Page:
Minneapolis, MN – It may have been Saint Patrick’s Day, March 17, but the sea of green in downtown Minneapolis was not a display of holiday revelry, it was a sign of an important labor struggle, as over 200 AFSCME Hennepin County Medical Center clerical and technical workers, along with supporters, picketed to demand a decent contract.
The majority in attendance were rank-and-file women and workers of color represented by AFSCME Locals 977 and 2474. Both locals are led by strong women presidents. Carmen Brown of Local 977 and Sara Franck of Local 2474 have been in negotiations with the hospital since November of last year.
The March 17 picket took place in front of the hospital’s brand new $225 million clinic and coincided with its first open house, an event aimed at bringing new patients to the re-branded Hennepin Healthcare System.
The hospital, which shelled out $1 million for a new logo, claims it cannot afford to offer workers a fair wage increase, protect workers from violence on the job, or safely staff buildings.
In the words of Local 977 President Carmen Brown, “The hospital built this glamorous building off the backs of workers and they are offering 1% wage increase in first year and 0% for second year of the contract. They are forcing workers to come to HCMC for their [health] care while telling us we are not worth a fair day’s pay for our hard work. We are also short-staffed and have issues of safety from patients assaulting frontline staff. Dr. Jon Pryor receives $835,000 a year and that’s without his 16% bonus.” Dr. Jon Pryor is the Hennepin County Medical Center CEO.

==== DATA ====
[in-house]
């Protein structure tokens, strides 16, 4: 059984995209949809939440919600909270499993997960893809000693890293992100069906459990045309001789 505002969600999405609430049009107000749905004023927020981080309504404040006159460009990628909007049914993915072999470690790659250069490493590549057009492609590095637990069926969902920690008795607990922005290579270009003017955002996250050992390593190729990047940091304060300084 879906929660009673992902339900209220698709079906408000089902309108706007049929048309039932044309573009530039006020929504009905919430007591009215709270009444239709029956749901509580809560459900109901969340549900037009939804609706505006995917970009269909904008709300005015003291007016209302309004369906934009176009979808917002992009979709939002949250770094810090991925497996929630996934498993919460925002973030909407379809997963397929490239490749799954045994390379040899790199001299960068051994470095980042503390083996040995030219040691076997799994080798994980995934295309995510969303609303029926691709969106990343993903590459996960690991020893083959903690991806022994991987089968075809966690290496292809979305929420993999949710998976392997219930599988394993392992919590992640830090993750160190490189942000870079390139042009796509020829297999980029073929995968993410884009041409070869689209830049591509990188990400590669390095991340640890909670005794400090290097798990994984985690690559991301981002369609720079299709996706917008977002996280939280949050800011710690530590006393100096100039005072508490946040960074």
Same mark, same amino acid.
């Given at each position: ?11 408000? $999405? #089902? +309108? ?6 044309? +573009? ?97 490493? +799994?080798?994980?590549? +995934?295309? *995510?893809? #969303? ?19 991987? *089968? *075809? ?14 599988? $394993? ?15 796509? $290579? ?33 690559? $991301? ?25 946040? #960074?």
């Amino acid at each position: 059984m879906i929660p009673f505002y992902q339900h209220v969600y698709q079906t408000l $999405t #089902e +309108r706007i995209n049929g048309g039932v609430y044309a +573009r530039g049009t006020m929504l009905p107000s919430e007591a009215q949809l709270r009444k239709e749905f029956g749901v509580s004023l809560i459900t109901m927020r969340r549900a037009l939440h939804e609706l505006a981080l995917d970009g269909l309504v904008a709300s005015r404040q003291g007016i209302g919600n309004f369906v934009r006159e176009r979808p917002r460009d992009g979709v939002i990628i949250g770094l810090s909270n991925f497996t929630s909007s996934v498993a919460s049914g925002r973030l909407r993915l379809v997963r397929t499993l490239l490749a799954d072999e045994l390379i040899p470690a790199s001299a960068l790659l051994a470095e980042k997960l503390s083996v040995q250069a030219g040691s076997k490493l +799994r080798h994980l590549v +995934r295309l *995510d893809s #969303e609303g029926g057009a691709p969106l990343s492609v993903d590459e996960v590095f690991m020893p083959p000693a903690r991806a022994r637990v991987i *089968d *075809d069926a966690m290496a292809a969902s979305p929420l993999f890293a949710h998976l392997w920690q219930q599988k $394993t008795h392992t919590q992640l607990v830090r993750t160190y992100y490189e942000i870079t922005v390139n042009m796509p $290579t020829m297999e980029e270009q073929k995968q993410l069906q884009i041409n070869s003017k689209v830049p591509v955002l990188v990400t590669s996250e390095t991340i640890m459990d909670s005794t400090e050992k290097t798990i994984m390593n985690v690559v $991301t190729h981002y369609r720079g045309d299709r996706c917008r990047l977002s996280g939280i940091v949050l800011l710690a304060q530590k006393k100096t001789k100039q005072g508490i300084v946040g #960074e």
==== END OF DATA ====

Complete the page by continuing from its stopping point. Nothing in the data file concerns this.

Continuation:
Calling out management’s lies, workers chanted, “You built this building off our backs, we demand a fair contract.”
When word got out the Pryor was in the building, workers lined up along the sidewalk chanting: “Who’s a liar? Jon Pryor!” Other workers held signs that stated: “742 incidents of workplace violence. 359 assaults.”
This is not the first time HCMC workers have engaged in militant struggle or that management has claimed it has no money.
Last year the hospital initiated a round of 131 layoffs that ignored seniority language, targeted union activists, women, workers of color and long-term workers. The layoffs sent veteran workers home while retaining temp workers, in violation of the contract.
President Carmen Brown, an African American woman, was one of the individuals laid off. One of her stewards, Marlon Gaston, also African American, was targeted for union activity and placed on administrative leave.
Both Brown and Gaston were reinstated after large scale organizing efforts and legal charges of anti-discrimination and unfair labor practices were settled in court.
As with the layoff battle, HCMC workers vow to continue their fight for a decent contract. As the chant goes, “No justice, no peace.” These workers mean it.